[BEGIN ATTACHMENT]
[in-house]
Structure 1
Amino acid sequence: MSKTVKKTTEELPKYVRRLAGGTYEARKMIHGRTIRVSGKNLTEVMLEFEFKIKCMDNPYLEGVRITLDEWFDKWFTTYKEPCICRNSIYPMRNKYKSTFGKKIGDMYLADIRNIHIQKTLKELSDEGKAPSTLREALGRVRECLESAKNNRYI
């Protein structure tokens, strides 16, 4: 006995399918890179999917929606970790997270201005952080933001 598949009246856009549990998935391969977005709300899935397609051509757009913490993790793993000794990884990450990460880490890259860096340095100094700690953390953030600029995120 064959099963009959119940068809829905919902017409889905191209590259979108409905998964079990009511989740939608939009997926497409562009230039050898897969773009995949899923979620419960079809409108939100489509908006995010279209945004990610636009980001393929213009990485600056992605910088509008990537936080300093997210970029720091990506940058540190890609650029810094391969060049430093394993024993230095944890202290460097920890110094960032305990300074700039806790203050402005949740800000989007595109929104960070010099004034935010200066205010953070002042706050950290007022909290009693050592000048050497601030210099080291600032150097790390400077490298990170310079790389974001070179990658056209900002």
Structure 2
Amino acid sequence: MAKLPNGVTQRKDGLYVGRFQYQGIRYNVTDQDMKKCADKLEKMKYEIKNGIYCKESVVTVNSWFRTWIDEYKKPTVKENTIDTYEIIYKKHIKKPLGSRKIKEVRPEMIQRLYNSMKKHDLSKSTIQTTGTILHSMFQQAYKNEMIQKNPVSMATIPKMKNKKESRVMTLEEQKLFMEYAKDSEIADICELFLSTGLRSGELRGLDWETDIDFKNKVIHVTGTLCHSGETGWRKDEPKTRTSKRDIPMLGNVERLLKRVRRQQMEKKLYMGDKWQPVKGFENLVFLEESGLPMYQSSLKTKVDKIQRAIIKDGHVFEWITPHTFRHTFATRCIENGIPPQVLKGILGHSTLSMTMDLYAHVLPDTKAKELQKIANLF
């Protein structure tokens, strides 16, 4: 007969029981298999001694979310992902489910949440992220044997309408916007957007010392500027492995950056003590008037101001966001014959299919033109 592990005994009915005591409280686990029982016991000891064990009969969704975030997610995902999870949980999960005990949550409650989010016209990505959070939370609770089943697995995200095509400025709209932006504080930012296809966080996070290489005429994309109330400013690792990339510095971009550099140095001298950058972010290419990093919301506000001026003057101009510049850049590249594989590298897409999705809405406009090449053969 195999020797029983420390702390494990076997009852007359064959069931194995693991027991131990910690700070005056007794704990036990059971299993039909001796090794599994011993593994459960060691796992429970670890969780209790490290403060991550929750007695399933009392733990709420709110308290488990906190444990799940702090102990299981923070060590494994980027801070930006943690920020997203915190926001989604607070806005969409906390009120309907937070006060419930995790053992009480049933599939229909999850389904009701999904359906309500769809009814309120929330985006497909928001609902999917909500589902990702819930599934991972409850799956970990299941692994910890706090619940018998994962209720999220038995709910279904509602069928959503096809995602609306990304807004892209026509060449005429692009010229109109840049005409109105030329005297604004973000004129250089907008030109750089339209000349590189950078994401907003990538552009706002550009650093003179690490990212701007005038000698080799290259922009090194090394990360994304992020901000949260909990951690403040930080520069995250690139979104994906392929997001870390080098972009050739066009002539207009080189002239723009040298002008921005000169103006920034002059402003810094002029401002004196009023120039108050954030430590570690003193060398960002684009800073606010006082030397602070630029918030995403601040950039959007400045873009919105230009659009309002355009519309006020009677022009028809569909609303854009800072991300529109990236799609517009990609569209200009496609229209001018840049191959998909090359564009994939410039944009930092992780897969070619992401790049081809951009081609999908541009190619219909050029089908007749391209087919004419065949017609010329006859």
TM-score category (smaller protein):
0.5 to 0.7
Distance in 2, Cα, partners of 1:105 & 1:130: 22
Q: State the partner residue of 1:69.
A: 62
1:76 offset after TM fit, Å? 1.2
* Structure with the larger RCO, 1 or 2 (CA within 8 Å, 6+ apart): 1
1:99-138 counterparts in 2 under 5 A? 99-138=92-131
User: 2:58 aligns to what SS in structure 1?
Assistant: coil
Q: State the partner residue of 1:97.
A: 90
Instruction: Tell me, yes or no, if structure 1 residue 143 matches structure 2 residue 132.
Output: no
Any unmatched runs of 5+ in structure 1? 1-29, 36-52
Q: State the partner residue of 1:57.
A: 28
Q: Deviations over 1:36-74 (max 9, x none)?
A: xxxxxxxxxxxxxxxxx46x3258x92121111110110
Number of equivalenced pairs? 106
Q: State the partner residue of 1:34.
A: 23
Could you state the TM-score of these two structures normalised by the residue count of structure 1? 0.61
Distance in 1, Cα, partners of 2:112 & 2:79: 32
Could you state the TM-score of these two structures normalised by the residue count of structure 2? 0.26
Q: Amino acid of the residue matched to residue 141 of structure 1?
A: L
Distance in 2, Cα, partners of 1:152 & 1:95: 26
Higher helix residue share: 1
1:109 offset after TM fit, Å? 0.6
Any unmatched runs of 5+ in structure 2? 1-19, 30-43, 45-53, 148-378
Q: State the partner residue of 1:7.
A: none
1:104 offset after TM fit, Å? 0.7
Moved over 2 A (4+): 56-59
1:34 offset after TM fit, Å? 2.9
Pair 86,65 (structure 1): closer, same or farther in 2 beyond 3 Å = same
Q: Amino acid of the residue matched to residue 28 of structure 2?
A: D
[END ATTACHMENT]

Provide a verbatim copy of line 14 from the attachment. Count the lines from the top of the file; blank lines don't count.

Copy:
* Structure with the larger RCO, 1 or 2 (CA within 8 Å, 6+ apart): 1